"Captain Marvel," Marvel Studios' first female-fronted superhero movie, launched with $153 million domestically and $455 million globally, according to studio estimates Sunday, making it one of the biggest blockbusters ever led by a woman.
Brie Larson's Carol Danvers, a character who first debuted in Marvel Comics in 1968, had never before made it into the movies and was previously lesser known than many Marvel heroes. But "Captain Marvel," which came in at the high end of the Walt Disney Co.'s expectations, ranks as one of Marvel's most successful character debuts.
Only "The Avengers" movies, "Black Panther," ''Captain America: Civil War" and "Iron Man 3" have opened better in the Marvel cinematic universe.
"She definitely pushed us higher, further, faster," said Disney distribution chief Cathleen Taff.
"Captain Marvel" rocketed up other record books, too. It sets a new worldwide mark for a film directed or co-directed by a woman. "Captain Marvel" was helmed by the filmmaking team of Anna Boden and Ryan Fleck, who previously made the indies "Half Nelson" and "Mississippi Grind."
It's the sixth largest worldwide debut ever. The only movie with a female lead that's opened better globally was "Star Wars: The Force Awakens," which grossed $529 million when it debuted in 2015.
Like the "Force Awakens" sequel "The Last Jedi," ''Captain Marvel" had to tangle with trolls who sought to lessen the film's impact. Some fans claimed Larson's hero didn't smile enough, a charge she responded to with doctored pictures of previous male Marvel superheroes with awkwardly full grins. Others took issue with Larson's statements about making her press interviews for the film more inclusive and not "overwhelmingly white male."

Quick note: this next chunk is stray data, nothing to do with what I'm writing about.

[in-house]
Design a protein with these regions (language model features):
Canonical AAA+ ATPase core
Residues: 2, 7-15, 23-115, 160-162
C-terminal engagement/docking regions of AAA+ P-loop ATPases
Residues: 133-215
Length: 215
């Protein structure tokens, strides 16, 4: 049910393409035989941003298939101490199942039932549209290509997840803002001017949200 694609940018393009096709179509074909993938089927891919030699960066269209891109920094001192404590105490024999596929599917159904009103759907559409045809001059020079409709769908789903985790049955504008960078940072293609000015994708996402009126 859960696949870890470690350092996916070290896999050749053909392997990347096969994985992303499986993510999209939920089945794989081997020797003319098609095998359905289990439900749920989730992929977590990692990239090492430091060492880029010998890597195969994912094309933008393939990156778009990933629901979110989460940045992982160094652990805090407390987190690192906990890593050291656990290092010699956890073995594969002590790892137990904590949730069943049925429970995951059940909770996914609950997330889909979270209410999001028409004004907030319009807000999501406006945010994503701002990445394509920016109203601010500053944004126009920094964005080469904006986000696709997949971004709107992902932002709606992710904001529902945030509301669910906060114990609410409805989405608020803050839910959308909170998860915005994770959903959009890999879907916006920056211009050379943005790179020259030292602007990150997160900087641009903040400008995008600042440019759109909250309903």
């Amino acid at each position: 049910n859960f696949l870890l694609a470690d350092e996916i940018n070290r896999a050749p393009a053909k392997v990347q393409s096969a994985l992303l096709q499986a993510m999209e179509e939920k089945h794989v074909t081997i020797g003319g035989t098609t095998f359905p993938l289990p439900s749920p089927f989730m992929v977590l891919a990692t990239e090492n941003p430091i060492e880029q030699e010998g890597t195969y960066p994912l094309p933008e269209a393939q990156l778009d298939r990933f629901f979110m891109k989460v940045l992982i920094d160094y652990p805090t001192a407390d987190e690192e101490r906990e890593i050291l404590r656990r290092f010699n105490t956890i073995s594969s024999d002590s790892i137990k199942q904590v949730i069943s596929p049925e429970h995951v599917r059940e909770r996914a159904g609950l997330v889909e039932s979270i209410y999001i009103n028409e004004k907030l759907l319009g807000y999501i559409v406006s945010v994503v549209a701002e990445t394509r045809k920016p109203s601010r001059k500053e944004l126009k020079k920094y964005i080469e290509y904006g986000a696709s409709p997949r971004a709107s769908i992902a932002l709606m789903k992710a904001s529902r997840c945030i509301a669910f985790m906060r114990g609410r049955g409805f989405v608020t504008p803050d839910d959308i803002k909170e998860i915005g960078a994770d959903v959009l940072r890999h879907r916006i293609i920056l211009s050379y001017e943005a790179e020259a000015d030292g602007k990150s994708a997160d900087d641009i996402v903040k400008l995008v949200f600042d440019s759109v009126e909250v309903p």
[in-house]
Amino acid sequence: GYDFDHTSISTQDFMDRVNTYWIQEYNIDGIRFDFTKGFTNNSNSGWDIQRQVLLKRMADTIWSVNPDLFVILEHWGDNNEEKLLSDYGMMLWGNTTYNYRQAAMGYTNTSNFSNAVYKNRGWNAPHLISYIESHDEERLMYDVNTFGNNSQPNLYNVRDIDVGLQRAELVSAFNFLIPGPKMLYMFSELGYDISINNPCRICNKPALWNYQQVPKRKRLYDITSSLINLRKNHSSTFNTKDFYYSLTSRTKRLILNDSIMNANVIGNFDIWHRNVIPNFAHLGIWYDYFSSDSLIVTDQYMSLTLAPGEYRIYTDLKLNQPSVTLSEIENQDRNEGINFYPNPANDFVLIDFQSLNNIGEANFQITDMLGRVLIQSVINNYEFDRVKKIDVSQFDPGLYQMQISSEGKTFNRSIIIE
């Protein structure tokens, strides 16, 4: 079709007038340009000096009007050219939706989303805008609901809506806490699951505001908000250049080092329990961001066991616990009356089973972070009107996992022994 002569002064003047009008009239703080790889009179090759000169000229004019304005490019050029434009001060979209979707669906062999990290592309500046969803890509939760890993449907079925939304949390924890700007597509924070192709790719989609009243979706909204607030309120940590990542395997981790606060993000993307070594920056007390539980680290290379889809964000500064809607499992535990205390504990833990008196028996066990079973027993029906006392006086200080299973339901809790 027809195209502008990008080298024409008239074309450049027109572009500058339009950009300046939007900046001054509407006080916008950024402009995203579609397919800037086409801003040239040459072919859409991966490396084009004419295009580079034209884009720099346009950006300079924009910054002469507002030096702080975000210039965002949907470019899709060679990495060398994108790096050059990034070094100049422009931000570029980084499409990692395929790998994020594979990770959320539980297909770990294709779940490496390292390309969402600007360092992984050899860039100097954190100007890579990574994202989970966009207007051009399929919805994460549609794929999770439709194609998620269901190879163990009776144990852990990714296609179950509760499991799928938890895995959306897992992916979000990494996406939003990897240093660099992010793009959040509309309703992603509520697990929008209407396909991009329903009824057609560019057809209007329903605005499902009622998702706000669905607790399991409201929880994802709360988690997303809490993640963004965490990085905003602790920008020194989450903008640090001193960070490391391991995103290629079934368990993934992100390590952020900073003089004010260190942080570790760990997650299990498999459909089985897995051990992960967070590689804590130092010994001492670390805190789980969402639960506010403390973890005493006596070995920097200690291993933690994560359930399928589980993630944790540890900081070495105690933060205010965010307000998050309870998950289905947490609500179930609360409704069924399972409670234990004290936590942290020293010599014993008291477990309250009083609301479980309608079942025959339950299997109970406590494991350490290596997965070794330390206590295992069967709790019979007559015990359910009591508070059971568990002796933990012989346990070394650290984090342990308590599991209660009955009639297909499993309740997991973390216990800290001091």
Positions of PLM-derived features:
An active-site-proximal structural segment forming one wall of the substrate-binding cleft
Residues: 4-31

The anti-"Captain Marvel" campaign included the flooding of Rotten Tomatoes audience scores, which artificially drove down the film's score to 55 percent fresh from more than 44,000 votes as of Sunday. To combat the down-voting issue in advance of "Captain Marvel," Rotten Tomatoes (which doesn't require users to verify that they've seen a movie that they're scoring) removed the ability to rate movies prior to release.
Taff declined to address "Captain Marvel" foes but applauded Marvel and Kevin Feige for propelling a movie that expanded the Marvel universe.
"What they believe is that the more you diversify perspective and experience in front of and behind the camera, the better the movies and the stories are," said Taff of Marvel. "You see that in their track record. I think you see that in their box office. And I think you see that in the broadening of their fan base."
CinemaScore, which relies on interviews with audience members coming out of theaters, found crowds very much liked "Captain Marvel," giving it an A rating. Reviews were less enthusiastic but still good, landing 79 percent fresh on Rotten Tomatoes.